It must have been different for her, I think.  She didn’t have another child to give her hope, to make her believe it could happen again, to console her in case it didn’t.  I try to imagine the desperation I would have felt if this had been my first pregnancy, but I can’t.  Maybe she needed a book to give her hope, needed to talk about it, needed to remember the baby she never knew, but I don’t.  I have George.  George, whose heartbeat echoed through a Doppler monitor, making my skin tingle months before I ever heard him cry or saw his lips opening in an awkward smile.  I can’t equate the loss of a pregnancy to his life, this emptiness to his presence.  I don’t need a book to tell me the difference.  Without opening the pages of the book or acknowledging Angie’s carefully chosen words, I wrap a fleece scarf around my neck, button out the cold, and race to class feeling convinced that no one understands, that everyone expects me to be broken, that no one believes I can be happy with what I have.

            Not until almost a year has passed, not until I have begun to write about the experience of losing a baby will I open my drawer, notice the corner of the manila envelope hidden beneath a pile of junk, and pull it out.  When I slide the book out and begin to turn its thick, waxy pages, I will find a series of prayers and stories meant to encourage and comfort me.  And I will be glad I waited to open it.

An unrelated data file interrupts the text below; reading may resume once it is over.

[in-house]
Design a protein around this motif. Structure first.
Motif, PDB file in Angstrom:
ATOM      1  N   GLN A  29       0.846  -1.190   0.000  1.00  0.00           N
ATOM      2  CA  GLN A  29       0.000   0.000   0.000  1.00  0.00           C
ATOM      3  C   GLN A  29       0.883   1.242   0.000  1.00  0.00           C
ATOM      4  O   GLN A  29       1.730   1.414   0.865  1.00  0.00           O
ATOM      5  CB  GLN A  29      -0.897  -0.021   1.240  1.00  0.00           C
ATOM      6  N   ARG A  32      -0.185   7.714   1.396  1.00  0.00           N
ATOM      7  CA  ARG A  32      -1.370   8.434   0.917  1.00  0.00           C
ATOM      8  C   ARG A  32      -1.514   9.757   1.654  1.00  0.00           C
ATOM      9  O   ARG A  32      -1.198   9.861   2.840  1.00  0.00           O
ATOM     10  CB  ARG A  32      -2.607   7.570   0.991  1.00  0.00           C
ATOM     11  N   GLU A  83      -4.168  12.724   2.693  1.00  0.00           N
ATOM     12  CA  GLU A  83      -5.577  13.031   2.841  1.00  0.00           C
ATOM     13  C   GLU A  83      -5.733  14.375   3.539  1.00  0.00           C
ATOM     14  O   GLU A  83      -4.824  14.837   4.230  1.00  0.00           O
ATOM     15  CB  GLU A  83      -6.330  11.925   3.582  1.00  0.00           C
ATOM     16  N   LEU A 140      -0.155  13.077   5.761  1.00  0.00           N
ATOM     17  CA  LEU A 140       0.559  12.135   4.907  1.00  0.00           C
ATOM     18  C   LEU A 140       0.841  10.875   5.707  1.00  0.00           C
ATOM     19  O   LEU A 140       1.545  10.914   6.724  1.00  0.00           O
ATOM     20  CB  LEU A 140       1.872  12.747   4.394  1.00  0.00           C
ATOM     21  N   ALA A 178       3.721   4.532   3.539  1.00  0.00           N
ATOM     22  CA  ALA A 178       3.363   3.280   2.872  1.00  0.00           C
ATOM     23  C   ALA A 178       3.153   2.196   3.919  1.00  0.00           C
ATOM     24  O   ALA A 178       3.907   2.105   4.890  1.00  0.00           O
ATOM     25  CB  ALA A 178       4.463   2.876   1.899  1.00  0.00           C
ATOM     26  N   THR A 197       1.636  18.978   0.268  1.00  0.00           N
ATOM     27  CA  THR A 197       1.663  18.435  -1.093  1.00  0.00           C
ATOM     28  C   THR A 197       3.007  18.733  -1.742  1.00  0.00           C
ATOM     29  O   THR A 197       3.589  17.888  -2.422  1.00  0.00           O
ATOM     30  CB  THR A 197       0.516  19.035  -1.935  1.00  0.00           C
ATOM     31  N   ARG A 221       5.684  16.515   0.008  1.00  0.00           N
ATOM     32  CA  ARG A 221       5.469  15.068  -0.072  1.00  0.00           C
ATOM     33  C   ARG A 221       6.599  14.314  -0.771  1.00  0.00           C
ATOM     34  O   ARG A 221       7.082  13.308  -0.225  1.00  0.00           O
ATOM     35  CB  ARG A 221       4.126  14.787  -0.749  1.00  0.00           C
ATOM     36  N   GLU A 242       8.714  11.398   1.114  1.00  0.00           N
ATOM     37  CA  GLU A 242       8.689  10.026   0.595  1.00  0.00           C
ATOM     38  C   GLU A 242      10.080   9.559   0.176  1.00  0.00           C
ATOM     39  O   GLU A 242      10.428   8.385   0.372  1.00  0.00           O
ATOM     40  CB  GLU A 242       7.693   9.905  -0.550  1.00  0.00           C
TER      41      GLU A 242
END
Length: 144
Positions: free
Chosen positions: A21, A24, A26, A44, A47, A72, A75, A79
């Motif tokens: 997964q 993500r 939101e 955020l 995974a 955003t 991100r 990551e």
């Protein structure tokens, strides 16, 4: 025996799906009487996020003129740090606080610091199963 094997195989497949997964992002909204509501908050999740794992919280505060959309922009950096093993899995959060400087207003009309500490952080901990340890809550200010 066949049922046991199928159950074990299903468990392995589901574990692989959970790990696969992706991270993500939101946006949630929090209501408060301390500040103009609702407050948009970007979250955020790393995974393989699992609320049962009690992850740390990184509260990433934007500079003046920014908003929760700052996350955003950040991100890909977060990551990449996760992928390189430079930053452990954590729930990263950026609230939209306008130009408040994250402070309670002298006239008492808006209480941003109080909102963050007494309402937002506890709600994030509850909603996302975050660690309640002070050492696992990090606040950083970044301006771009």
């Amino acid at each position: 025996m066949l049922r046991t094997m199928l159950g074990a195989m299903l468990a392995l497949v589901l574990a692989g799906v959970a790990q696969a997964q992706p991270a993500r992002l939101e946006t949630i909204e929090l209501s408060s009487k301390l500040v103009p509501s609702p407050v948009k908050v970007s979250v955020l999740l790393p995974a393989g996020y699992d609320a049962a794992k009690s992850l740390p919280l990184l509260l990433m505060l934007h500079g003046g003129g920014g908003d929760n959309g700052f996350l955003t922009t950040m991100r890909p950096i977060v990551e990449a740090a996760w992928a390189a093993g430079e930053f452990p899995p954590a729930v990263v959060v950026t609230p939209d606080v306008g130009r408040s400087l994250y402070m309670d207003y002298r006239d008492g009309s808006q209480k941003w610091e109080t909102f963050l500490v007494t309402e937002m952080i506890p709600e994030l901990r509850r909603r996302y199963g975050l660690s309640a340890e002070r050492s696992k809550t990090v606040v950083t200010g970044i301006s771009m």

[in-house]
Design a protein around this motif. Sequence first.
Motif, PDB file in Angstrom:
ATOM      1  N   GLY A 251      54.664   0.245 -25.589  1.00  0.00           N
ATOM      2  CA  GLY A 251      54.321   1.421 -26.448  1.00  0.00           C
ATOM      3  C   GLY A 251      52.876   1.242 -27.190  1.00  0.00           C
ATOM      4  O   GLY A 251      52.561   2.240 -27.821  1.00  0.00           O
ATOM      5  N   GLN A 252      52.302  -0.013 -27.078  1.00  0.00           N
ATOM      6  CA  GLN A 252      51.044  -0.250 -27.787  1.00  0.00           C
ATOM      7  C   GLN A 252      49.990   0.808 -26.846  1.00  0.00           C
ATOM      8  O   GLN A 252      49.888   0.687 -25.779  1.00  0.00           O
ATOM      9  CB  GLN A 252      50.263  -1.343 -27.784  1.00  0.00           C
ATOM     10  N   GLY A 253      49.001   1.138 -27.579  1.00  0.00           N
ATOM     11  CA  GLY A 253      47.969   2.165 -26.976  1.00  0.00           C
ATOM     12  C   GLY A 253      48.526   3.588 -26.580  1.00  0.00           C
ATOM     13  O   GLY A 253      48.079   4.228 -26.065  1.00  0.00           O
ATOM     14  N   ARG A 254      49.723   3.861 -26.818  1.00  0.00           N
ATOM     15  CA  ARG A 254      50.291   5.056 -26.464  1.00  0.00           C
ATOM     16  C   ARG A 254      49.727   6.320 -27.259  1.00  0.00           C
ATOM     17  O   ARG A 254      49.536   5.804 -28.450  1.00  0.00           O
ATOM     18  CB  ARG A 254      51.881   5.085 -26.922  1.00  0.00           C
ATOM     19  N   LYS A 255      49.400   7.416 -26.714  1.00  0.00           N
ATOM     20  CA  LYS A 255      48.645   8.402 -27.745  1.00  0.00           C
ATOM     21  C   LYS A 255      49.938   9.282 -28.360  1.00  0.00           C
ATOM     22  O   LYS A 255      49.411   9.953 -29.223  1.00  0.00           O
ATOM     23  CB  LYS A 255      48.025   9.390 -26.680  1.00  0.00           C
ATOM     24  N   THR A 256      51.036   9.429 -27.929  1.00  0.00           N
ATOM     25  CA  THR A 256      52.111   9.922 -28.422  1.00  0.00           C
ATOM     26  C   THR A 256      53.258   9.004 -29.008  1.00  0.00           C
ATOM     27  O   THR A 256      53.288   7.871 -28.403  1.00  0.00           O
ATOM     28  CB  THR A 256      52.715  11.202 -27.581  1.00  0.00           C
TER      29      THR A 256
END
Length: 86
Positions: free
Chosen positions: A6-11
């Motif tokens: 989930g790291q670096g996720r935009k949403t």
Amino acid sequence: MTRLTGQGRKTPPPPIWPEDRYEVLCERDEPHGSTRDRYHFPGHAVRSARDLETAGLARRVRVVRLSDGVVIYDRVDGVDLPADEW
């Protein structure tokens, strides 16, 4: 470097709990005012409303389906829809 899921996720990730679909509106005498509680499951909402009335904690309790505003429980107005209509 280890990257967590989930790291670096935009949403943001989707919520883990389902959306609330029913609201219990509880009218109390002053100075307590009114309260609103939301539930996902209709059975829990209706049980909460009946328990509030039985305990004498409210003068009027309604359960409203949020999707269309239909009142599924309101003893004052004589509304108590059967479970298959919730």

The book outlines the “painful clichés” people fall back on when trying to comfort women after a miscarriage; these clichés—it’s for the better, there was probably something wrong, you can always have another—are the things that continue to comfort me.  The things I continue to believe. 

The book also suggests that mothers who miscarry “view the remains” whenever possible.  View the remains.  Ask a medical professional to help search for these remains.  If no remains can be found, look at pictures of a fetus at that stage of development.  This will encourage acceptance and aid in the grieving process, the book says.  When I read this, the first thoughts that enter my mind are, I didn’t need to view the remains.  I felt each clot of blood as it escaped my body and imagined in it a small mass of tissue, an undeveloped face, limbs that would never grow.  But eventually, I will become curious and search the Internet—first for information, then for images.  I will find some form of comfort in learning that the baby that passed from my body was the size of a raisin; that its heart may never have begun to beat; that like most early miscarriages, this one probably resulted from chromosomal abnormalities.  And I will allow myself to continue believing in what others may see as painful clichés.  I will not insist that others believe them, but I will hold onto them myself. 

Only then will I reread Angie’s words—“a book that may or may not be of use to you”— and realize: we doubt ourselves enough; we have no need to start doubting each other. 


Saturday, July 12